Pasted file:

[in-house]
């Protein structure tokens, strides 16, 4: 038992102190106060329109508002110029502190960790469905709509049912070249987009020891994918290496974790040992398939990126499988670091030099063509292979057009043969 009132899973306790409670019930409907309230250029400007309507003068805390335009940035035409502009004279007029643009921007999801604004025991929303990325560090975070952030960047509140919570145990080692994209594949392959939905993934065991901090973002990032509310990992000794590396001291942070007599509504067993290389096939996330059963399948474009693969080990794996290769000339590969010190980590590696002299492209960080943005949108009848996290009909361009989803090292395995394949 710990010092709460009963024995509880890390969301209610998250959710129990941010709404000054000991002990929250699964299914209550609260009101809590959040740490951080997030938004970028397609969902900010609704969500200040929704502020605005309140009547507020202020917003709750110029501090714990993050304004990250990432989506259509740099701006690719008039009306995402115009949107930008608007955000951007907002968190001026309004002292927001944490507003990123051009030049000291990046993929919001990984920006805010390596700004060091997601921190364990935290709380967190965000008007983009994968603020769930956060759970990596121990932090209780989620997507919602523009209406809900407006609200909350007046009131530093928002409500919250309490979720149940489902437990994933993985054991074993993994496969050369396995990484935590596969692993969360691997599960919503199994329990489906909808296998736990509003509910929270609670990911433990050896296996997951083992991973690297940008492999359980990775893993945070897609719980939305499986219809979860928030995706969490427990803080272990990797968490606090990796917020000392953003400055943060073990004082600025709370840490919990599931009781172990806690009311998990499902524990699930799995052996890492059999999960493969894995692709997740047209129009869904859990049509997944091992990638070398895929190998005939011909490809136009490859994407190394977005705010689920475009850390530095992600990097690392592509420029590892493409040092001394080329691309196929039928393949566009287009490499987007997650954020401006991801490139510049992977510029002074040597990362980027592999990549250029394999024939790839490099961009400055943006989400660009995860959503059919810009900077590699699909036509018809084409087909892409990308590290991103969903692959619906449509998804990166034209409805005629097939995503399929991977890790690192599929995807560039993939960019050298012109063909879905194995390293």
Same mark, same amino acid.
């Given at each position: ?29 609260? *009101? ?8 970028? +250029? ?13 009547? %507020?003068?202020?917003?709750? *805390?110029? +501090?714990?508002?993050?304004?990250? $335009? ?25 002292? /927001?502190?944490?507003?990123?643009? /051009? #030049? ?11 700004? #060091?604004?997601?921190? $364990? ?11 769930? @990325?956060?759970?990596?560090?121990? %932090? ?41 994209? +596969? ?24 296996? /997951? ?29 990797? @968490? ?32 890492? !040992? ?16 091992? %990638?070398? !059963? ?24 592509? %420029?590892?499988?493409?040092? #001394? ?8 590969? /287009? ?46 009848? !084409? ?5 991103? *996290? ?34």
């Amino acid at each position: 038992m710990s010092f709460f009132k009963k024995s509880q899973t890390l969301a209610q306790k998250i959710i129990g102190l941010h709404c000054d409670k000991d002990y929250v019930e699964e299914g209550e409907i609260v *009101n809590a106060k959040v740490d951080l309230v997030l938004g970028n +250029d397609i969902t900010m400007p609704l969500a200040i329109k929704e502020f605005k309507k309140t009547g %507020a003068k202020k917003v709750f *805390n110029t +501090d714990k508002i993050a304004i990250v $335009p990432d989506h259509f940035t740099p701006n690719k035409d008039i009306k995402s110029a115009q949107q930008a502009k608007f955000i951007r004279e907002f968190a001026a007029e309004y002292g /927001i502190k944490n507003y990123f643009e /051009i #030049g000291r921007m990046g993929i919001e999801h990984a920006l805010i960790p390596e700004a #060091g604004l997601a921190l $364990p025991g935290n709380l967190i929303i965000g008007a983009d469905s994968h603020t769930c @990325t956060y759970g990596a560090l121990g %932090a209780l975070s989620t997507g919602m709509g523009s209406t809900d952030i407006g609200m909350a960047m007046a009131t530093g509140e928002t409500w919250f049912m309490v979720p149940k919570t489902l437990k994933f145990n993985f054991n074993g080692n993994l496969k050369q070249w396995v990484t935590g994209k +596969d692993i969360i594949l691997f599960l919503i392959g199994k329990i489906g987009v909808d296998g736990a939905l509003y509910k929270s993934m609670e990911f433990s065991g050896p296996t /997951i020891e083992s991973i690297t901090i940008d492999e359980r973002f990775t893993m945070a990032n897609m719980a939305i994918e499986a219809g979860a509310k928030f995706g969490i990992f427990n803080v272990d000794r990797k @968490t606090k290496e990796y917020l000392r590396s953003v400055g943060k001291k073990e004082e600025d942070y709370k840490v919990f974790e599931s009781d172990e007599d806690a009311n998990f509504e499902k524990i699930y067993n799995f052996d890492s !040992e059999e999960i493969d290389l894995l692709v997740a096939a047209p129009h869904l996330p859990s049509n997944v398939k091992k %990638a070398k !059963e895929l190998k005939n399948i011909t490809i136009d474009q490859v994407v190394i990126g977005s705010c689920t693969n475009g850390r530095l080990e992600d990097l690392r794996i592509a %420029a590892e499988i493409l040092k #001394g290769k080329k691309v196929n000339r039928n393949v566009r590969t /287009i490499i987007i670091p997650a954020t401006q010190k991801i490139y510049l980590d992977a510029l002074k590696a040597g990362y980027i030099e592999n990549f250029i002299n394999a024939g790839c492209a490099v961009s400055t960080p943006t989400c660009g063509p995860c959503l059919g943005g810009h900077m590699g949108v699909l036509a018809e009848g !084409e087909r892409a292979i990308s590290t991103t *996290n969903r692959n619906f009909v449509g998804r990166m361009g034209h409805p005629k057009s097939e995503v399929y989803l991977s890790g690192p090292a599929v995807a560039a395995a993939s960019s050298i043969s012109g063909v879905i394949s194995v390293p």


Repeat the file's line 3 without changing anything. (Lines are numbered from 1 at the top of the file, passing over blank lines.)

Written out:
Same mark, same amino acid.